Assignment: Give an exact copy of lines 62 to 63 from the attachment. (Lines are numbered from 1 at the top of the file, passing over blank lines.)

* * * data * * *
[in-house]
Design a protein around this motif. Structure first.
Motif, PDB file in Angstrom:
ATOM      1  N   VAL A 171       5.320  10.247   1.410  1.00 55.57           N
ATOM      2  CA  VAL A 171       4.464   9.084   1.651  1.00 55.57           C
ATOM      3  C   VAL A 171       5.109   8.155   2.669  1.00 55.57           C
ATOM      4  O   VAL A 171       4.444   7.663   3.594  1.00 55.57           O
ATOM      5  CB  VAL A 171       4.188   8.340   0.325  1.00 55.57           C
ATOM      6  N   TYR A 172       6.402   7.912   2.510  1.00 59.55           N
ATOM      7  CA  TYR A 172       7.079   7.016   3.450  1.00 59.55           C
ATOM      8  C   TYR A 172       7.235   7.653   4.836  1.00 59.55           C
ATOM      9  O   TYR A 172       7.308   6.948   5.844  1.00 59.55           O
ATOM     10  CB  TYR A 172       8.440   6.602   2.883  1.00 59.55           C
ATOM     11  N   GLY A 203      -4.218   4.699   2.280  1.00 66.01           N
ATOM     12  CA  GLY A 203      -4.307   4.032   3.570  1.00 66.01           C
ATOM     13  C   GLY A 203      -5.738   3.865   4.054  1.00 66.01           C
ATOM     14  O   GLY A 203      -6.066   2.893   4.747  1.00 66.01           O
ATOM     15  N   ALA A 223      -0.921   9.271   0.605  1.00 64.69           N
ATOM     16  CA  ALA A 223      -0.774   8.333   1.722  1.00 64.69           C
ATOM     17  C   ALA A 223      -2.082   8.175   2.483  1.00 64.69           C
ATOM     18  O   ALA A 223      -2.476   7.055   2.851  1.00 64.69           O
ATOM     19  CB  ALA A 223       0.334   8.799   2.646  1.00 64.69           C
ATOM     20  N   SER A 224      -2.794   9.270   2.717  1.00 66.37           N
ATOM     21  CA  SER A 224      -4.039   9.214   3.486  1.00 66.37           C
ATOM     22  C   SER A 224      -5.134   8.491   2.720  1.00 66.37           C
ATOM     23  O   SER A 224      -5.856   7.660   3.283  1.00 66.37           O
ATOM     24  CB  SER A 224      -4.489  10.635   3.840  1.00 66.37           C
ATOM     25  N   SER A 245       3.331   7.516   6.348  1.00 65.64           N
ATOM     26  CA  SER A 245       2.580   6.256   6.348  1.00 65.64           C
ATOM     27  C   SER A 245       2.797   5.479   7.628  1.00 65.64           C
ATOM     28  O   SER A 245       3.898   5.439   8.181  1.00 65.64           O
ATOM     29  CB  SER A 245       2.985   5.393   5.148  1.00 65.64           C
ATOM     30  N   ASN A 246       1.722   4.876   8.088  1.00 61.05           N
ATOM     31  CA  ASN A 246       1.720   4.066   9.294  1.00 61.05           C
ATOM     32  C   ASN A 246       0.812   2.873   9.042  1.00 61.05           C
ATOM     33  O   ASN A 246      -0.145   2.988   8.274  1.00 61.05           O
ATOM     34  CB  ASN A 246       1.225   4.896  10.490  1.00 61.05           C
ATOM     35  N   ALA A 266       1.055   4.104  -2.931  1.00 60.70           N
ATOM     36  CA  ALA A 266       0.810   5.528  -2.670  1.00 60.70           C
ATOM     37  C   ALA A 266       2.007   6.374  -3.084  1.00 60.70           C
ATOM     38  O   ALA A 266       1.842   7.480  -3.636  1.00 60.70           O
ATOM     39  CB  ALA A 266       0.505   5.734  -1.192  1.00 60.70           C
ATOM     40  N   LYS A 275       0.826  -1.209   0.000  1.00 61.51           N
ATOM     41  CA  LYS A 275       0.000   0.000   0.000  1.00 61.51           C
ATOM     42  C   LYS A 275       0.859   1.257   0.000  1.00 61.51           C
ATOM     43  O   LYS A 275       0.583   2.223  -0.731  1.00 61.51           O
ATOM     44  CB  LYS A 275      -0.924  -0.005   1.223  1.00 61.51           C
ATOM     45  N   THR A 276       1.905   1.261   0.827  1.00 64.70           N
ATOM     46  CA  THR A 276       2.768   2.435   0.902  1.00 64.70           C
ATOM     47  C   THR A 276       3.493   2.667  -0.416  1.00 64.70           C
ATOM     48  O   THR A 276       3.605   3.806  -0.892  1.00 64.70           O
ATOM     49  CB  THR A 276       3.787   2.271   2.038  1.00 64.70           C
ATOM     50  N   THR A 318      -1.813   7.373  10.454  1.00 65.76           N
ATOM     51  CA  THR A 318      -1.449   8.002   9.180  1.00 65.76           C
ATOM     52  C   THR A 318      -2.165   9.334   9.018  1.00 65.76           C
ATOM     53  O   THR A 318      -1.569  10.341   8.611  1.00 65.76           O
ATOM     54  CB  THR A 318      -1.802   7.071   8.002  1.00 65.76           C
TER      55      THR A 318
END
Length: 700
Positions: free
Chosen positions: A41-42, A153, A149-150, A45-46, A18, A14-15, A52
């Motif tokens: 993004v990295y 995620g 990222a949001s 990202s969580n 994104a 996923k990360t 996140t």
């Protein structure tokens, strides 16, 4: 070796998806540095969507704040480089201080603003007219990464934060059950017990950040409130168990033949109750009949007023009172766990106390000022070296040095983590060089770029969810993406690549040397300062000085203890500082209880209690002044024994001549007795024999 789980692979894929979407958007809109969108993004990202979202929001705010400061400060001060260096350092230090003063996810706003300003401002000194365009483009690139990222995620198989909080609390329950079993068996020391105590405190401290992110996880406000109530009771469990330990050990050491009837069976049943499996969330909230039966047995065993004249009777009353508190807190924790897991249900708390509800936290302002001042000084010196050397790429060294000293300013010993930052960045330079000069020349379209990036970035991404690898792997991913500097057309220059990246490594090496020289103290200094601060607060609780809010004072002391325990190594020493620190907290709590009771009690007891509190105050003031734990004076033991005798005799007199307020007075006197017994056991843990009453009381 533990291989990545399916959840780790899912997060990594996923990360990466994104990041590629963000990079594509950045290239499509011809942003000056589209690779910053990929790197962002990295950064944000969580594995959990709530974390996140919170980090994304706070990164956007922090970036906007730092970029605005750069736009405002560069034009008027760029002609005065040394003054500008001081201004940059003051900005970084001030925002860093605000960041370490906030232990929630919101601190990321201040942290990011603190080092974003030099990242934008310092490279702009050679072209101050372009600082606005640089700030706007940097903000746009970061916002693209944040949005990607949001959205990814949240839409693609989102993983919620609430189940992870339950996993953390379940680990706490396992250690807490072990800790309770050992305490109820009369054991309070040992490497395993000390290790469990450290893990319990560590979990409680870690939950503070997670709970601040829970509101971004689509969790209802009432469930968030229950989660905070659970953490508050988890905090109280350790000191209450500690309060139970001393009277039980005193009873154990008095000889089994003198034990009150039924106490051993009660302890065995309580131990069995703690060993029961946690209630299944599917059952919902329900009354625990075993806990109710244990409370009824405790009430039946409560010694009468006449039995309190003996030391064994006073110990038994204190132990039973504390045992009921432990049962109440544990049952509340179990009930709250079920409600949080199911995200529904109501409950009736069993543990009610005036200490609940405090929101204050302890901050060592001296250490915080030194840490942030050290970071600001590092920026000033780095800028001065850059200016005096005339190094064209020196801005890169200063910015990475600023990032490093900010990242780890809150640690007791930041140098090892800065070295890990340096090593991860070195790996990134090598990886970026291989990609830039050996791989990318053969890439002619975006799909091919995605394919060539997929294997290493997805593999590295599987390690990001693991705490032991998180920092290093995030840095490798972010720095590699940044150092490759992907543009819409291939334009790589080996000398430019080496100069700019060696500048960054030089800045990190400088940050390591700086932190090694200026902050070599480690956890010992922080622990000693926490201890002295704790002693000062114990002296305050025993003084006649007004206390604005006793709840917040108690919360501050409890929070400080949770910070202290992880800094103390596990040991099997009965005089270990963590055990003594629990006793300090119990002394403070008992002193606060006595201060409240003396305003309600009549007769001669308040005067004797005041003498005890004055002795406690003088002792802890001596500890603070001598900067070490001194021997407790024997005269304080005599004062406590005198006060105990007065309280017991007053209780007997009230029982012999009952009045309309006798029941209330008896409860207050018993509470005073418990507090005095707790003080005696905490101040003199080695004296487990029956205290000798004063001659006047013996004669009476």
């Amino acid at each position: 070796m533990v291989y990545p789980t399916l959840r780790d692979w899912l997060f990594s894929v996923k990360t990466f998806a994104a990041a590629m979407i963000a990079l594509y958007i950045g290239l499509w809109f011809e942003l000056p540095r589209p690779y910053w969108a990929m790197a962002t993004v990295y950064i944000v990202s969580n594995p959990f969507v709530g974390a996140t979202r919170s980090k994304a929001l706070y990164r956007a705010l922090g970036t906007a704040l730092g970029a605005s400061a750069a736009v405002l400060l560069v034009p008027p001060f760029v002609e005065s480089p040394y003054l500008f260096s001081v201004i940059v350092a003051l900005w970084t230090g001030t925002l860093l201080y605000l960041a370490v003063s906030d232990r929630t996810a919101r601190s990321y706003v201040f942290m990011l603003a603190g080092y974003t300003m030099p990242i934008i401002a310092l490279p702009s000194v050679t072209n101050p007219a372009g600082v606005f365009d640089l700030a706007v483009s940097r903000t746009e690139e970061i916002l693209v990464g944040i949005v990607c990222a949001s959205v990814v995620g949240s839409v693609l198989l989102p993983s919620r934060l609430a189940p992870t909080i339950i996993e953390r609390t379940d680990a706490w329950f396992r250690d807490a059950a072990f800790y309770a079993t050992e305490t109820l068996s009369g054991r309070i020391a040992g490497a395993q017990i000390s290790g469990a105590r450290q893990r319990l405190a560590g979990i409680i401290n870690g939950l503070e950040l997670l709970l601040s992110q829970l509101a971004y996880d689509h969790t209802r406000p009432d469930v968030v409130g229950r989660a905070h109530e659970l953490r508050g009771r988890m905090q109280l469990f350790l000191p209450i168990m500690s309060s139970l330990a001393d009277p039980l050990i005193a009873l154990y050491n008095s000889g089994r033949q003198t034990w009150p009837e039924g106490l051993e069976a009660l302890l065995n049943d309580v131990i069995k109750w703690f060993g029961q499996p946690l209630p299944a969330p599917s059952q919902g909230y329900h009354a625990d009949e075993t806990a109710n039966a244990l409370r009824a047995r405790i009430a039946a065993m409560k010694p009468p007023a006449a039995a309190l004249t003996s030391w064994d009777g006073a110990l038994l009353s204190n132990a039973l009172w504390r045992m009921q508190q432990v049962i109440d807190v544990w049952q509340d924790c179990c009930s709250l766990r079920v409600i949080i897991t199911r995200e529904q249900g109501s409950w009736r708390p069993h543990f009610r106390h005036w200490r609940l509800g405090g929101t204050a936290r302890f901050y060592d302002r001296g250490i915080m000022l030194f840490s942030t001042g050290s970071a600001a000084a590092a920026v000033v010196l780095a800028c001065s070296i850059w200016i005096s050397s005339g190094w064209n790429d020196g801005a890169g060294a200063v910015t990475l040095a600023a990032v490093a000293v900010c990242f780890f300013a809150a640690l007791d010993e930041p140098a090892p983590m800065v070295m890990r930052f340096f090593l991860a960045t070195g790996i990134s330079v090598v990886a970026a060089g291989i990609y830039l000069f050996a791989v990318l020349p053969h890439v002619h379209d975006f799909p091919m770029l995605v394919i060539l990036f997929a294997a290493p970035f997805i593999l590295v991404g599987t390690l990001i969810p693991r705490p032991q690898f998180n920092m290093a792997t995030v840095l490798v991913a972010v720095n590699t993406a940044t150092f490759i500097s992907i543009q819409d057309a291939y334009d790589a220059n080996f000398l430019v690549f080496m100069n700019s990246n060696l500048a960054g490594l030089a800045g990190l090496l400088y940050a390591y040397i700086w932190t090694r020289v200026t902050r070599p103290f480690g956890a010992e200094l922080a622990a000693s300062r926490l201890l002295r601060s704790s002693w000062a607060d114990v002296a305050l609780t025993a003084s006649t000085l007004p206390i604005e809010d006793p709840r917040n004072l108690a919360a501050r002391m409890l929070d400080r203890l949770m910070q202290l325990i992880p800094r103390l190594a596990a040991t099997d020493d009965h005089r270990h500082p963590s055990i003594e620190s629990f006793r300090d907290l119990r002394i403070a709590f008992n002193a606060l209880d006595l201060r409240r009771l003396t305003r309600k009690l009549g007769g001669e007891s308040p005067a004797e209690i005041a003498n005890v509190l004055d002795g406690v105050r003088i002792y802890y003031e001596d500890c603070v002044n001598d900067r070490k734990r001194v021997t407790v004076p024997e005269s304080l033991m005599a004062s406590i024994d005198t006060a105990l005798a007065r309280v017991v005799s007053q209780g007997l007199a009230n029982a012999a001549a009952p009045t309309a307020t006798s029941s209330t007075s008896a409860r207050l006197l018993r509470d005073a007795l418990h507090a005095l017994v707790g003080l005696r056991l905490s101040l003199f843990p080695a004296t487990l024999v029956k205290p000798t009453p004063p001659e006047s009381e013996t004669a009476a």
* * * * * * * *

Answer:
Chosen positions: A41-42, A153, A149-150, A45-46, A18, A14-15, A52
């Motif tokens: 993004v990295y 995620g 990222a949001s 990202s969580n 994104a 996923k990360t 996140t």